The Good: Despite the fact that gasoline prices have been moving back to pre-pandemic levels, diesel prices continue to see only modest price appreciation. The Canadian average diesel prices this past week averaged 95.8 cents per litre. The fundamental for diesel continues to be negative as inventories in the U.S. remain at near record levels. The higher gasoline prices are keeping diesel production relatively high, which means that inventories are not likely to shrink significantly until the economy hits full stride.
The Bad: As the HRW harvest progresses in southern Kansas, protein levels continue to drop. After an encouraging start for protein content in Texas and southern Oklahoma, protein levels have started to drop from initial levels. Protein levels in south central Kansas are falling mostly in the 11.0 to 11.5 per cent range. Normal protein content for the HRW crop is 12.5 per cent. Protein content is expected to get better as the harvest moves northward. Al lower protein crop in Kansas would leave domestic miller scrambling for high protein winter wheat in Texas and Oklahoma, which will reduce the exports from the region. Millers will also look to spring wheat to incorporate into their blends. This should help boost spring wheat domestic use in the coming year. The next two weeks will tell the tale on protein content in the HRW crop.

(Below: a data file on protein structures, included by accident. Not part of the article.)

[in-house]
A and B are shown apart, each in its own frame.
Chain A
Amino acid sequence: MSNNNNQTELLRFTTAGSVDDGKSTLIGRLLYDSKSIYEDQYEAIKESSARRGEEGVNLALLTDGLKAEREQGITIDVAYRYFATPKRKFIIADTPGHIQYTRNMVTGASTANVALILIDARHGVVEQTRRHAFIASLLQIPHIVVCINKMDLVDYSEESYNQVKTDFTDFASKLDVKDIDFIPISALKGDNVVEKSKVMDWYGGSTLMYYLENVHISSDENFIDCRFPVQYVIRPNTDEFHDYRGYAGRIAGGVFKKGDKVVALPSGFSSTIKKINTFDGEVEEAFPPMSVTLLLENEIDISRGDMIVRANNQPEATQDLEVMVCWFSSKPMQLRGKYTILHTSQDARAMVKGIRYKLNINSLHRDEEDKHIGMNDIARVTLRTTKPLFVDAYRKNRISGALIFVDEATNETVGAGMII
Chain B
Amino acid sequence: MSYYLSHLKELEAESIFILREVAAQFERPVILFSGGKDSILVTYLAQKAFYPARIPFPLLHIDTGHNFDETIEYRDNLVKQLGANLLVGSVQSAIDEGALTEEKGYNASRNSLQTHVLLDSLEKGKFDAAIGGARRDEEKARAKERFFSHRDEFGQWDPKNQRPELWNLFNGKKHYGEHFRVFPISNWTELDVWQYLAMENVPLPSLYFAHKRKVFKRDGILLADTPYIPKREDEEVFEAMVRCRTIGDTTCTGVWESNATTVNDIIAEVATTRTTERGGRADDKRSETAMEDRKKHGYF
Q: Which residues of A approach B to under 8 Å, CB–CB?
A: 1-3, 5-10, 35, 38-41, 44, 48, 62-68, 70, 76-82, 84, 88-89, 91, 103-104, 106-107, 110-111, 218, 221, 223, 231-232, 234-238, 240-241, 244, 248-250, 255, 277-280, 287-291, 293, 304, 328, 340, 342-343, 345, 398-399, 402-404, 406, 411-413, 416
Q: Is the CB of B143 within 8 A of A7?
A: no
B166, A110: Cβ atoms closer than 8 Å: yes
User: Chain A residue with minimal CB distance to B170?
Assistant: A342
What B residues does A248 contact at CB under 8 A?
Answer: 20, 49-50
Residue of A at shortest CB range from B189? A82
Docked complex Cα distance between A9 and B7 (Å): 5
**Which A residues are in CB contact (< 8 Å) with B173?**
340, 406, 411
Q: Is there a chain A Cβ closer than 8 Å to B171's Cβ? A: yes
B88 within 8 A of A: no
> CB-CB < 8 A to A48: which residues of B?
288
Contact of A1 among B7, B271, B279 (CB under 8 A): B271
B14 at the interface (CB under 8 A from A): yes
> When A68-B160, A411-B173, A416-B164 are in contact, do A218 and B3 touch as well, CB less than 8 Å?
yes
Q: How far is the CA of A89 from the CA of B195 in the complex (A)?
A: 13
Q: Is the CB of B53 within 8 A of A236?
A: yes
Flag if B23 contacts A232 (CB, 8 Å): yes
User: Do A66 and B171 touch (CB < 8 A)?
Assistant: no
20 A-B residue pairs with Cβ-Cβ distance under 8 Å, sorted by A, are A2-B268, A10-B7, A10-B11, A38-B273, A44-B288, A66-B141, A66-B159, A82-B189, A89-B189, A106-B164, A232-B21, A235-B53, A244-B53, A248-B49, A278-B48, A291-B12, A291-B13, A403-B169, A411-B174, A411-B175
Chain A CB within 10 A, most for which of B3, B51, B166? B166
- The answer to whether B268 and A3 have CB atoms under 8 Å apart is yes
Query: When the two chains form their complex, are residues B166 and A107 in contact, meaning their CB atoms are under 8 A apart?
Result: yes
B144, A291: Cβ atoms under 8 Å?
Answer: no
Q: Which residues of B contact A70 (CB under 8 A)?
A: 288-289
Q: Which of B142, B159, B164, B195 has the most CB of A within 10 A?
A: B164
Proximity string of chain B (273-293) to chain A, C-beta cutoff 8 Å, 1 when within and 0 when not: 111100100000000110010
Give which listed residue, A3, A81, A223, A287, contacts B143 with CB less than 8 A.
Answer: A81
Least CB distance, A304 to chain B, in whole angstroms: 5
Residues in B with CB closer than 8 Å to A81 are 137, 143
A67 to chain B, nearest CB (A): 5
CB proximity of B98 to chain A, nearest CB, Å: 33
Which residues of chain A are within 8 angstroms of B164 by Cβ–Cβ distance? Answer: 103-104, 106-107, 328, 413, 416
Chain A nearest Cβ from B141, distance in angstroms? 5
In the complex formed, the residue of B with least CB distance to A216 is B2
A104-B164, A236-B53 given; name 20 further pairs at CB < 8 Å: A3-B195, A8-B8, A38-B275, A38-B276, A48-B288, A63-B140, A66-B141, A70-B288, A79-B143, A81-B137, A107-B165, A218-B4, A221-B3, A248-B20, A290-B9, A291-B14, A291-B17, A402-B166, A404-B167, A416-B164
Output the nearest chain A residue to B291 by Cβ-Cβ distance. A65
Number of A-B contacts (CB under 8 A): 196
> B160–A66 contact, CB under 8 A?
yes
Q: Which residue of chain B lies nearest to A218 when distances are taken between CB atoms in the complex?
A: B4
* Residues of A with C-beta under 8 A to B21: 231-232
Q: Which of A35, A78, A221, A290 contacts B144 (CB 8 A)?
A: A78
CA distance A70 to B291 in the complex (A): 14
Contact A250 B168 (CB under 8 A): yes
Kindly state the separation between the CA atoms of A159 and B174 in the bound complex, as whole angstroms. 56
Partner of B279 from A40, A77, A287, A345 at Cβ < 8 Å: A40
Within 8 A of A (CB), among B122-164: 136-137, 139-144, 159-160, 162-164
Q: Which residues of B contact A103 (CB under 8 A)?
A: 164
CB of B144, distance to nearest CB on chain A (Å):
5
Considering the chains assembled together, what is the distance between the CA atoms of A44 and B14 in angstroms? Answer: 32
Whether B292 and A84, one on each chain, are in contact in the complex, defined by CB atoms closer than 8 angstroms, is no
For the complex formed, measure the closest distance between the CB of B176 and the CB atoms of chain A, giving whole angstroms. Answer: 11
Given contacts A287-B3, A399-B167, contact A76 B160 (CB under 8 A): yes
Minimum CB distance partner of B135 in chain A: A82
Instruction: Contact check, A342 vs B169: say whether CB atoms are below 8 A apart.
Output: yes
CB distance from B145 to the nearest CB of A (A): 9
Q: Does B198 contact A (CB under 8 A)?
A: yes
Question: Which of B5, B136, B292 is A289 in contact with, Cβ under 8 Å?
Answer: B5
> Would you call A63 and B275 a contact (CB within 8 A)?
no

The Ugly: Canadian inflation data for the month of May saw the CPI (Consumer Price Index) drop by 0.4 per cent. When you exclude gasoline prices the monthly change was +0.7 per cent. The number was below expectations and the numbers did not provide very many encouraging signs that the economy is restarting with any vigour. The only good news was that the drop in the overall CPI was largely due to low gasoline prices. June CPI will likely be positive as gasoline prices have moved up by more than 10 cents per litre during the past month.